In a way MSCL can rekindle some of those feelings and emotions. Certainly my school was quite different, for a start no guns that I am aware of, and no girls either. I do wonder sometimes if this is a contributing factor to my singleness? Not ever having had a "High School Sweetheart" and, frankly, not quite knowing what to do with a girl if I did have one. That's not to suggest that all the boys are single, some went on and on about their weekend conquests and they probably married somebody who can give good sex - but is that a basis for a relationship? It was never any sort of priority for me. Hell, if all I wanted out of a relationship was sex, I'd buy an inflatable sheep. I value intelligible conversation much more highly. I guess this is why I never really understood the obsession with, well, a number of people (mentioning no names) who are hosts of ITV2 chat shows, panel show contestants, and on/in/around Big Brother and people-in-a-rainforest "reality" programmes - they are all a giant celebration of the failings of the education system. In my humble opinion I don't see how filling the television channels with utterly gormless people is going to be in any way productive, something for viewers to aspire to. How you can be, if you excuse the phrase, as thick as $#!+, and still able to be a "celebrity" and get paid well for... actually... what have half these people ever actually done?

 

Dribbles

And to link all of this tidily together, a friend has come back from England and delivered some copies of various magazines - magazines that can give a smile without requiring any sort of sentient thought process. Look at it, Bella 2009/02/17 "Why I Want My Daughter To Be A Hooker Like Me!" on the front cover. Really? Somebody really wants that for their daughter? In, like, what alternate universe? Love It! 2009/02/03 has "My Bum's Made Of Concrete" on the cover. In fact, Love It! goes a step further with emotional cue words - like "My Cindarella's dancing in heaven" Tragic or "BB's STU I'm all alone this Valentine's" PHWOAR! - see, no necessity for a thought process. Chat 2008/11/13 "I ate 40 curries in a day!" and pictures of 'suggestive' vegetables, like a three-legged carrot... you know what I mean.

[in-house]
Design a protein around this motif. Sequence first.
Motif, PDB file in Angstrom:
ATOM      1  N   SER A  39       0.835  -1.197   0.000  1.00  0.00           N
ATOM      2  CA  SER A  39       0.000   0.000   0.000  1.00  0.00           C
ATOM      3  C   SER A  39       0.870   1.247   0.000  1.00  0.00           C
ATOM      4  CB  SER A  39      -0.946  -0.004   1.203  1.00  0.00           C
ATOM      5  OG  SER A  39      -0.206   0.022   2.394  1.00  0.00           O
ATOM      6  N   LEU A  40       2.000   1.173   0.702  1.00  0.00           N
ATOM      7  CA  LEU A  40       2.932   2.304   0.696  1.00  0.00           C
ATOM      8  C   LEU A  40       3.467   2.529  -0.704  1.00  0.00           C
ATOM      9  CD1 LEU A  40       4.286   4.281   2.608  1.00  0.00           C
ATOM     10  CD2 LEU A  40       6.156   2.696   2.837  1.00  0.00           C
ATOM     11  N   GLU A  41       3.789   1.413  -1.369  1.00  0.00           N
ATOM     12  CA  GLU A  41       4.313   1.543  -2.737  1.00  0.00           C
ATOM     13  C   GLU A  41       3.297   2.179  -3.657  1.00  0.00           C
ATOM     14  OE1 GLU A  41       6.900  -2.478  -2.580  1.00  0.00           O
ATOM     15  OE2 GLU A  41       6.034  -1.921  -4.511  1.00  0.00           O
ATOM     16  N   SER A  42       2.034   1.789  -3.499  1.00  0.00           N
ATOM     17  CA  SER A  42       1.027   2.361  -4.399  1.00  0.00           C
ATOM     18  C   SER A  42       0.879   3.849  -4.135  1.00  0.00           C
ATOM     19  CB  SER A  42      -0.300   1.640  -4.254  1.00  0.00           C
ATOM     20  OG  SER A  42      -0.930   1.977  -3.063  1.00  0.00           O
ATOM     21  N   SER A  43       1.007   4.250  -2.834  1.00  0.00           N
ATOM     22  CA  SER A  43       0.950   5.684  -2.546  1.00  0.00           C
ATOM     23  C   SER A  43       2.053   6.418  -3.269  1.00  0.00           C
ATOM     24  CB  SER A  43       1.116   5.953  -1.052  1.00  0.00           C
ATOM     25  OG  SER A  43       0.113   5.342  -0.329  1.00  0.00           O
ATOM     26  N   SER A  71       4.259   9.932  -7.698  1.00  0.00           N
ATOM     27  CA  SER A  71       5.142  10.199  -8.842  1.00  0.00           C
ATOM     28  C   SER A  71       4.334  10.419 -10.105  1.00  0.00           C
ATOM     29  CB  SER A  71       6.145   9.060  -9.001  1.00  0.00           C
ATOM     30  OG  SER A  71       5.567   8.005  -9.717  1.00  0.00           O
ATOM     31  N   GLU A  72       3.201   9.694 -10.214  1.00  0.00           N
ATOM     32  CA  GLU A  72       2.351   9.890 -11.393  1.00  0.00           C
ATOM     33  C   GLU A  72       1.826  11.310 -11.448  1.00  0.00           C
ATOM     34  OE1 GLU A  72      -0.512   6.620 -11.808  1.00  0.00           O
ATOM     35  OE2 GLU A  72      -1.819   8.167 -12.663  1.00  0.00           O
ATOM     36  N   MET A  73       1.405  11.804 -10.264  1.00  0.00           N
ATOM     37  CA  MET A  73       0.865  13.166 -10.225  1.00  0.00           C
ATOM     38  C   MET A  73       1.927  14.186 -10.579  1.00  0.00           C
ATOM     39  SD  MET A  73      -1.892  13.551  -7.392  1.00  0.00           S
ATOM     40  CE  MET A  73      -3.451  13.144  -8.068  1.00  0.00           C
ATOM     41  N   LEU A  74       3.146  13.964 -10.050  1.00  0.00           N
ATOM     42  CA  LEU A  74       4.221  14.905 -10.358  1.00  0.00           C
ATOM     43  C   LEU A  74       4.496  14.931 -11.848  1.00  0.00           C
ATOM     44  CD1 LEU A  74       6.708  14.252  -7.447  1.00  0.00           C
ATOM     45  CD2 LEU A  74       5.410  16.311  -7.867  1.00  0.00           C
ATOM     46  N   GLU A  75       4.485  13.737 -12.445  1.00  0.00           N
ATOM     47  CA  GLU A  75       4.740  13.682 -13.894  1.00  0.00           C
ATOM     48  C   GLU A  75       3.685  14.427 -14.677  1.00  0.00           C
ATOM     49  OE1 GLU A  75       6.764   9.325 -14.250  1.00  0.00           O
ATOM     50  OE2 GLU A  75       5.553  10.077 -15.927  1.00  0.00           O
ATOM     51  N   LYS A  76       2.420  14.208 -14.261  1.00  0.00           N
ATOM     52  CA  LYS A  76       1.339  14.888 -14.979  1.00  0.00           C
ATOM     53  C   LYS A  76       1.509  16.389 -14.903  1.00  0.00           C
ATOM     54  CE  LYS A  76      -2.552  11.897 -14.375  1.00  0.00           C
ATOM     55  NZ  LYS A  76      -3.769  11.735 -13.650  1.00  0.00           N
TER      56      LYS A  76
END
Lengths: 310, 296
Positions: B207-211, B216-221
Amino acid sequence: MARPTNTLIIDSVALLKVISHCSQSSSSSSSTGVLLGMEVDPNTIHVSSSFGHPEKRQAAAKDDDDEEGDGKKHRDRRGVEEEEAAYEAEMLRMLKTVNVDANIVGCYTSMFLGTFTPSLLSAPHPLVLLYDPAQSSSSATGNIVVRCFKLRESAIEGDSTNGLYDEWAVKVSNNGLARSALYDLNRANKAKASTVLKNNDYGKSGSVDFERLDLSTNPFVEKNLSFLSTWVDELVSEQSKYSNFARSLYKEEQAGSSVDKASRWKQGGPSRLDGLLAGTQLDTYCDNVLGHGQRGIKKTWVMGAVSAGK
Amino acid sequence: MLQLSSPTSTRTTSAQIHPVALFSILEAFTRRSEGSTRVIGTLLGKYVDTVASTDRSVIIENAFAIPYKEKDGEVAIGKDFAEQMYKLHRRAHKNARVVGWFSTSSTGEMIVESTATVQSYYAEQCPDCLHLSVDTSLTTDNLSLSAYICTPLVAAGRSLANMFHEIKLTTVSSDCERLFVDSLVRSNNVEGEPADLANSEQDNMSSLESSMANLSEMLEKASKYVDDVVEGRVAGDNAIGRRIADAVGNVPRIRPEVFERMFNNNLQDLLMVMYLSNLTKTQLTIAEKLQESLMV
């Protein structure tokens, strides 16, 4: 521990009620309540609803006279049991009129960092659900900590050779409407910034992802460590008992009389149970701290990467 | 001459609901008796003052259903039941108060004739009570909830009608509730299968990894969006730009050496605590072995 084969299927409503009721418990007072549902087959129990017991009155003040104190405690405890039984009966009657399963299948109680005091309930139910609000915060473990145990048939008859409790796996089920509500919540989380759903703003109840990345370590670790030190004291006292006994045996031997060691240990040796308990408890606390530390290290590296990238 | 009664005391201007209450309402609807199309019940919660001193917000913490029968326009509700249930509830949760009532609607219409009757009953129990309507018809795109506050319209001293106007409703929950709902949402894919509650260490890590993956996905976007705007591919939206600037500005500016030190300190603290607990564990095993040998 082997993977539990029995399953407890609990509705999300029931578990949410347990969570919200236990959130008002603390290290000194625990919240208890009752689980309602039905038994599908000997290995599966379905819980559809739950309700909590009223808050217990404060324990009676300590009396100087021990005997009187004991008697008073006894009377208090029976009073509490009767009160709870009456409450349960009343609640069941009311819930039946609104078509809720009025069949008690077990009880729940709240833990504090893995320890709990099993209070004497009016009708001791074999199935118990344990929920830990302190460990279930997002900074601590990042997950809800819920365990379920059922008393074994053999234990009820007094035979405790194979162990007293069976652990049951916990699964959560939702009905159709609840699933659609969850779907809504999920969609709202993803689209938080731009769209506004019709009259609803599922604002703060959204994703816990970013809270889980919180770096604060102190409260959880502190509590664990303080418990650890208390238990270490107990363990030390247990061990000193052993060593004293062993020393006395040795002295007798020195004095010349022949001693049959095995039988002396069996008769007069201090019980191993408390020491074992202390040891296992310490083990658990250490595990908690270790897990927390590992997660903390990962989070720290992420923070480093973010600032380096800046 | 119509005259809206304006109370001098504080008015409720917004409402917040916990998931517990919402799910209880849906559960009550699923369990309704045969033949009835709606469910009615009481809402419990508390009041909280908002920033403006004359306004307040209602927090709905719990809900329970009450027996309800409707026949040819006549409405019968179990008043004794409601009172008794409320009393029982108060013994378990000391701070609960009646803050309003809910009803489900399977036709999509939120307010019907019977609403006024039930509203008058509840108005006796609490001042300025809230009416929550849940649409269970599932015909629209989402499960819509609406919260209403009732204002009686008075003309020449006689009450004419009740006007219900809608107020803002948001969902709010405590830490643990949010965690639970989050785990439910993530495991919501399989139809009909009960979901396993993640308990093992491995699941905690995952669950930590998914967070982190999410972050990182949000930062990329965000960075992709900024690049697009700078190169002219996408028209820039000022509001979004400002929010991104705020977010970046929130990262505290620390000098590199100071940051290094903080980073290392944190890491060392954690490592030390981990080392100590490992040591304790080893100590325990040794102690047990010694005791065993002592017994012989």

In this pile, I have two Bellas - 2009/02/03 which says "Drop a dress size in 4 weeks" on the cover, and 2009/02/24 with "Drink yourself slim Lose 7lb in 7 days". Nice to see the quick-weight-loss myth is still going; instead of the truth regarding, well, eating properly and exercising. Not sitting on your ass munching chips. Oh, and being realistic. If my (non-existant) girlfriend looked like pictures I've seen of Mrs. Beckham, I'd have her round the doctor's before she finished a "good morning". Some people are itty-bitty and some people are not. Trying to go too far from your body's comfort zone, in either direction, is a foolish game.

So there I am looking through these magazines, thinking that's a weird neck whatsit on the dress that Molly Sims is wearing to some film premiere (who is she, anyway? any (distant?) relation to Joan Sims (re. various Carry On films)? at least I've heard of Zooey Deschanel!) and I think I can condense all of these magazines down to one single little bit that is a comically great example of "too much information!". Here it is, from Heat issue 2009/01/12, page 21. Something about Dancing On Ice and who is in it:

( I wonder how many people, after reading this, were watching the next programme thinking "has she? hasn't she? has she? ..." ☺ )

Before I chuck this lot in the recycling bag, I'd love to hear from some girls. I mean, do you actually take this stuff seriously, or is it some clever form of sardonic social commentary that I am just not understanding?